Limited Liability Examined: Part 1 – Common Questions Related to Limited Liability in the Context of a New Business

Do I need an LLC or corporation for my new business or is it safe to operate as a sole proprietor? Is purchasing insurance enough protection? If I form a limited liability company or corporation, is it still possible that I can be held liable for something? How can I make my entity “bulletproof?” Will my LLC provide asset protection to me? What can I do to limit my contract liability? If I decide to form a limited liability company or corporation, are there costs or downsides?

These are common questions we get from clients. In this series of posts, we’ll tackle these questions and maybe a few others and try to provide some practical guidance and suggestions. [Read more...]

When does a deal involve securities regulation? Part 5: Corporate Stock

This post is the fifth in a series exploring when securities laws impact business transactions.

In my previous posts, I provided a general overview of the definition of a “security” under federal securities laws, and covered when various categories of instruments constitute a security, including partnership and limited liability company interests and promissory notes. In this post, we’ll explore when corporate stock falls within the definition of a security under federal law. [Read more...]

Does a negative “Say on Pay” vote trigger a breach of fiduciary duty claim?

The Dodd-Frank Act, passed in 2010, includes the so-called “Say on Pay” provision for publicly traded companies. This provision requires that, at least once every three years, the shareholders of a publicly traded company must vote on its executive compensation arrangements. In addition, the shareholders also vote at least once every six years on the frequency of the “say on pay” vote.  Shareholders are able to elect whether the vote will happen once every one, two, or three years.  In most companies, the shareholders have chosen to have the “say on pay” vote conducted annually.  Publicly traded companies are also required  to disclose, in any proxy solicitation asking for the approval of a merger, acquisition, or other sale of the company, any compensation from “golden parachutes” that would be triggered.  Shareholders also have a chance to “approve” (or not approve) such golden parachute payments. [Read more...]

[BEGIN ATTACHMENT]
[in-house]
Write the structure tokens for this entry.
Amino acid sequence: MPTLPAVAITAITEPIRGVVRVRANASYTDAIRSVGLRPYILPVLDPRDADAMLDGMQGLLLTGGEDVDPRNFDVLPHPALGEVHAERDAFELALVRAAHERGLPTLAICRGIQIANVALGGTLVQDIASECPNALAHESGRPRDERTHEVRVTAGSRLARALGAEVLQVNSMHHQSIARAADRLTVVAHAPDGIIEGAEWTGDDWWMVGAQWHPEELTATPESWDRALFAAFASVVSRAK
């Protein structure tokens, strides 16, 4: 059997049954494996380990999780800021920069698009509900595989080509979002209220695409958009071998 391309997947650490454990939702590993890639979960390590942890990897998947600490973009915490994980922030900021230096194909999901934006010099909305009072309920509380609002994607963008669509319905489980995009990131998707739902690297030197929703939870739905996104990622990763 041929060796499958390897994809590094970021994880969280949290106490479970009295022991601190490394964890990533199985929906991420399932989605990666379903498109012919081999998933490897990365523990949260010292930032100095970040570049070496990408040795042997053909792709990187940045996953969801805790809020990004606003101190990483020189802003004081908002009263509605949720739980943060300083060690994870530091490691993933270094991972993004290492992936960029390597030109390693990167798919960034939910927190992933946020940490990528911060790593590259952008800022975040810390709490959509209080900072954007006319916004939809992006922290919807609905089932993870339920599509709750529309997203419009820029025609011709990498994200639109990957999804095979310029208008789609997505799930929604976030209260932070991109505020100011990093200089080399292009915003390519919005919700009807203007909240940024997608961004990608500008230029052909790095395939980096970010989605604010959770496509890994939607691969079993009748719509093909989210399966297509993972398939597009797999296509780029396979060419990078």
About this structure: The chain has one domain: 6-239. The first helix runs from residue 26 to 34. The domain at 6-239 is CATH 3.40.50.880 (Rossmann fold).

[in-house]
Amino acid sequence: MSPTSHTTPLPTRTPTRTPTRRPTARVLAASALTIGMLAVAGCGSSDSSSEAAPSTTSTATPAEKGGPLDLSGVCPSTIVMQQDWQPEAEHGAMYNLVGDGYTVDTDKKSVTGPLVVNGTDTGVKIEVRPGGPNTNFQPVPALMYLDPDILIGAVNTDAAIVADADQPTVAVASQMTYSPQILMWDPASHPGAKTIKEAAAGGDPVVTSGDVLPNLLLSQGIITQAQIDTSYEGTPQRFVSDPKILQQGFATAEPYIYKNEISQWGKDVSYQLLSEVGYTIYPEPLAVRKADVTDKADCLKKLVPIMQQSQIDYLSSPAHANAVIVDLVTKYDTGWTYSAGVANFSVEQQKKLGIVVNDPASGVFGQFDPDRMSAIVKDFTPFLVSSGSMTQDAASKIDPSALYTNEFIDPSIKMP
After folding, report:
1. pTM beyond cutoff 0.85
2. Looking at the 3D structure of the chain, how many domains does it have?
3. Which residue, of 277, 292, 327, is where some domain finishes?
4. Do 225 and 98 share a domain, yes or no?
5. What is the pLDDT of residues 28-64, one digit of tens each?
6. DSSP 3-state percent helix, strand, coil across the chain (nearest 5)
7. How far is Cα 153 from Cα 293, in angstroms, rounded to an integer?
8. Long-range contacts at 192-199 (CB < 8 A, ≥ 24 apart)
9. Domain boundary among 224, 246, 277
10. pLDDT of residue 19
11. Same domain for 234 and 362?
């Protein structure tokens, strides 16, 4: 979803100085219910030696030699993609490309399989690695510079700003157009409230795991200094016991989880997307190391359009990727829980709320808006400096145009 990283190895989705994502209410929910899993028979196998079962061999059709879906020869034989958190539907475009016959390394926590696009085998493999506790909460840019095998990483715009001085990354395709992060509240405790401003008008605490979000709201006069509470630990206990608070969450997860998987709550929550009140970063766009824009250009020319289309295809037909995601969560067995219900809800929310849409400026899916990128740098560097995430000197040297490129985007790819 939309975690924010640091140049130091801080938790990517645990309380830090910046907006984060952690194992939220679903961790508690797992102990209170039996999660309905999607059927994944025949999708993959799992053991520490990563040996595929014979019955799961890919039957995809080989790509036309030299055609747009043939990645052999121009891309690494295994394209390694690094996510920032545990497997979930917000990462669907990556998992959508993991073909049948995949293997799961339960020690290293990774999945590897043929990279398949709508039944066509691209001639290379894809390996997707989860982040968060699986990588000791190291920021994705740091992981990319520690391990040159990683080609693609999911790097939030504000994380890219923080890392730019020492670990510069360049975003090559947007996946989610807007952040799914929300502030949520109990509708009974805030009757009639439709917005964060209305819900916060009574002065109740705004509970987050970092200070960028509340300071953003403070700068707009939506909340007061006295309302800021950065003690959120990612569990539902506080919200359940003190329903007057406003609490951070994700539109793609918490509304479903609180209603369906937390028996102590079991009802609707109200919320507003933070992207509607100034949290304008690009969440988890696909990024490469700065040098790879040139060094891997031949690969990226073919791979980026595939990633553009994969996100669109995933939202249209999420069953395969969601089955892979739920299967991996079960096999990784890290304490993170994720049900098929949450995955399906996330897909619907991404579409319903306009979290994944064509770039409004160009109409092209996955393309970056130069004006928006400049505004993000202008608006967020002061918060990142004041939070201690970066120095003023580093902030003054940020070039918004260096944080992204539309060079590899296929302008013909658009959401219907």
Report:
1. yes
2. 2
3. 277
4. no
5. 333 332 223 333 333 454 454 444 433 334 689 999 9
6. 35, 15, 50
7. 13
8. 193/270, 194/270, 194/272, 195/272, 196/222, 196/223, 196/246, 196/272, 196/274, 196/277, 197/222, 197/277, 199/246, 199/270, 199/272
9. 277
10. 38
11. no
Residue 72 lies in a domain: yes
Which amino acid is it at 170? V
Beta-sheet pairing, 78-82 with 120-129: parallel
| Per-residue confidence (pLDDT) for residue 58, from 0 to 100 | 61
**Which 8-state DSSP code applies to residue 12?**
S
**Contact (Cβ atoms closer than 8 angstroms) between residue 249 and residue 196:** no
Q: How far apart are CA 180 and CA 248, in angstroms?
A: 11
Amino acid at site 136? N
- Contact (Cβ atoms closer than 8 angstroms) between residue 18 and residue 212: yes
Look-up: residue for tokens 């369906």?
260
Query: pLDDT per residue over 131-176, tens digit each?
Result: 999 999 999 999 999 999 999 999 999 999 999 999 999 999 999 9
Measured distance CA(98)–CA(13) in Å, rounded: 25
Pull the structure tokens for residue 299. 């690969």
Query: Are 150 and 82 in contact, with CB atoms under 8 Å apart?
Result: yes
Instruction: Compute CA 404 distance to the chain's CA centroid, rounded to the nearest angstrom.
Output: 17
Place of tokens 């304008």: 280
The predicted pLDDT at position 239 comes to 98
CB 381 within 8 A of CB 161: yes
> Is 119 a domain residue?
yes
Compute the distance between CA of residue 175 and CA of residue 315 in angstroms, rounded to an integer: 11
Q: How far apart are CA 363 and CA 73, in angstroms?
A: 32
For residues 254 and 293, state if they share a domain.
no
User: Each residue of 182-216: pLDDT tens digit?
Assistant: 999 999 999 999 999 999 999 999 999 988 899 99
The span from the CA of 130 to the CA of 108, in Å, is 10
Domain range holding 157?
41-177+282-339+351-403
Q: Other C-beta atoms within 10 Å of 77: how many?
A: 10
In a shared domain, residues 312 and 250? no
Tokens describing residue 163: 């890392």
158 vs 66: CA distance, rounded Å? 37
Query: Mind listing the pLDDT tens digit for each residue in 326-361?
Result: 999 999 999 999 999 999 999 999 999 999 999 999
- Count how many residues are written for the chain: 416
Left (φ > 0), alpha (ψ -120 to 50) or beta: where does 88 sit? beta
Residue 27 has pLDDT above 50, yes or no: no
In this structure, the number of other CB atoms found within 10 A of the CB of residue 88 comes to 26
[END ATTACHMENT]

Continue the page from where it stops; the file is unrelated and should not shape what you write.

U.S. House Votes to Adopt Six Measures Loosening Securities Regulation for Smaller Companies; Provisions Include Crowdfunding and “IPO On Ramp”

The U.S. House of Representatives voted earlier today (March 8, 2012) to pass the Jumpstart Our Business Startups (JOBS) Act.  The bill is actually a compilation of six separate measures that have been proposed in Congress (and in some instances already passed in the House) which loosen securities restrictions on smaller companies.  Here are brief summaries of each measure: [Read more...]

How the Federal Government Taxes LLCs

One of the benefits to using a limited liability company is the flexibility of being able to choose how the entity is taxed. After a new LLC is formed, its owners must decide the method by which they would like their business taxed. By default, an LLC is treated as a pass-through entity, which means that it does not pay federal taxes directly, but its income or loss is allocated to the owners, who then pay taxes on that income. If the LLC has only one member, it files no tax return and all transactions of the LLC are treated as transactions of the owner for tax purposes. If the LLC has more than one member, the LLC files a partnership tax return, which reports the LLC’s income and how that income is to be allocated to each owner. Partnership style taxation is governed by Subchapter K of the Internal Revenue Code. However, the owner(s) of an LLC, whether the LLC has a single member or multiple members, may choose to have their LLC taxed as a corporation. In this case, the LLC can be taxed as a so-called “C Corporation,” which is governed under Subchapter C of the Internal Revenue Code, or an “S Corporation,” which is governed by Subchapter S. This ability of LLC owners to elect the company’s means of taxation is called the “check the box” regulations. [Read more...]